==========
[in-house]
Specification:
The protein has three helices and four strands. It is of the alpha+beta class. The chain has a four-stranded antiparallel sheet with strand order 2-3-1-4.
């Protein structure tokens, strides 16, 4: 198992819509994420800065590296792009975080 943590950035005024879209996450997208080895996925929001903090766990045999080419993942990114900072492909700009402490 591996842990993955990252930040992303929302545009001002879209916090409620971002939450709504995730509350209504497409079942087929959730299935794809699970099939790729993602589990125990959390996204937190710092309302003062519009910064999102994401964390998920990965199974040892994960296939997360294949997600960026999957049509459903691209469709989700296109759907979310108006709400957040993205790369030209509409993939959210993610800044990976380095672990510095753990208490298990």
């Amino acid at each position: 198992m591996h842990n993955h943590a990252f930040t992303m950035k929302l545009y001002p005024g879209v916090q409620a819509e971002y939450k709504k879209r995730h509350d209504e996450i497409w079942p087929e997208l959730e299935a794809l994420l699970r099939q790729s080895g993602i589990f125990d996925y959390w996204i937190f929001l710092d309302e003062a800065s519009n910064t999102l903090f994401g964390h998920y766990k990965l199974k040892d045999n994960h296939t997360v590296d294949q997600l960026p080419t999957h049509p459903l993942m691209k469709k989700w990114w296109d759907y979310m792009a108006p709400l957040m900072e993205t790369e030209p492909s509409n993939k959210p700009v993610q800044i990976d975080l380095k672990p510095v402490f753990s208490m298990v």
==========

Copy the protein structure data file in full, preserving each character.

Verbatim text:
[in-house]
Specification:
The protein has three helices and four strands. It is of the alpha+beta class. The chain has a four-stranded antiparallel sheet with strand order 2-3-1-4.
């Protein structure tokens, strides 16, 4: 198992819509994420800065590296792009975080 943590950035005024879209996450997208080895996925929001903090766990045999080419993942990114900072492909700009402490 591996842990993955990252930040992303929302545009001002879209916090409620971002939450709504995730509350209504497409079942087929959730299935794809699970099939790729993602589990125990959390996204937190710092309302003062519009910064999102994401964390998920990965199974040892994960296939997360294949997600960026999957049509459903691209469709989700296109759907979310108006709400957040993205790369030209509409993939959210993610800044990976380095672990510095753990208490298990």
């Amino acid at each position: 198992m591996h842990n993955h943590a990252f930040t992303m950035k929302l545009y001002p005024g879209v916090q409620a819509e971002y939450k709504k879209r995730h509350d209504e996450i497409w079942p087929e997208l959730e299935a794809l994420l699970r099939q790729s080895g993602i589990f125990d996925y959390w996204i937190f929001l710092d309302e003062a800065s519009n910064t999102l903090f994401g964390h998920y766990k990965l199974k040892d045999n994960h296939t997360v590296d294949q997600l960026p080419t999957h049509p459903l993942m691209k469709k989700w990114w296109d759907y979310m792009a108006p709400l957040m900072e993205t790369e030209p492909s509409n993939k959210p700009v993610q800044i990976d975080l380095k672990p510095v402490f753990s208490m298990v």